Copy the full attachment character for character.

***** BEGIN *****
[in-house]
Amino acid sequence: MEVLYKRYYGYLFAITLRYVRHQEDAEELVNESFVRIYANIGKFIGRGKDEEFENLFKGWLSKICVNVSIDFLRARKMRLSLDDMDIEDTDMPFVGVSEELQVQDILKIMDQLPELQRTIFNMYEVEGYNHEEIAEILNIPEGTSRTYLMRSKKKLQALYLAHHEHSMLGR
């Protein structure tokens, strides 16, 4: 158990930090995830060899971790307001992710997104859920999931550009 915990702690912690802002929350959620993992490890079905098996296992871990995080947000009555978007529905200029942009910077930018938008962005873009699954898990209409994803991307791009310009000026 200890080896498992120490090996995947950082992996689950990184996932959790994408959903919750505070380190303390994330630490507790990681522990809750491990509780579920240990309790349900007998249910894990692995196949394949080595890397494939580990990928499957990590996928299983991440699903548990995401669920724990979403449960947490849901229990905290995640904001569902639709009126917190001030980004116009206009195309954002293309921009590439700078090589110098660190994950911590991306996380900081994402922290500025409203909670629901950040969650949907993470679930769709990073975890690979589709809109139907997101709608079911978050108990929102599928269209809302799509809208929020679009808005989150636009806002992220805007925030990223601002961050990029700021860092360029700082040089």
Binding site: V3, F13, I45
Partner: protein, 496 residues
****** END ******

[in-house]
Amino acid sequence: MEVLYKRYYGYLFAITLRYVRHQEDAEELVNESFVRIYANIGKFIGRGKDEEFENLFKGWLSKICVNVSIDFLRARKMRLSLDDMDIEDTDMPFVGVSEELQVQDILKIMDQLPELQRTIFNMYEVEGYNHEEIAEILNIPEGTSRTYLMRSKKKLQALYLAHHEHSMLGR
């Protein structure tokens, strides 16, 4: 158990930090995830060899971790307001992710997104859920999931550009 915990702690912690802002929350959620993992490890079905098996296992871990995080947000009555978007529905200029942009910077930018938008962005873009699954898990209409994803991307791009310009000026 200890080896498992120490090996995947950082992996689950990184996932959790994408959903919750505070380190303390994330630490507790990681522990809750491990509780579920240990309790349900007998249910894990692995196949394949080595890397494939580990990928499957990590996928299983991440699903548990995401669920724990979403449960947490849901229990905290995640904001569902639709009126917190001030980004116009206009195309954002293309921009590439700078090589110098660190994950911590991306996380900081994402922290500025409203909670629901950040969650949907993470679930769709990073975890690979589709809109139907997101709608079911978050108990929102599928269209809302799509809208929020679009808005989150636009806002992220805007925030990223601002961050990029700021860092360029700082040089």
Binding site: V3, F13, I45
Partner: protein, 496 residues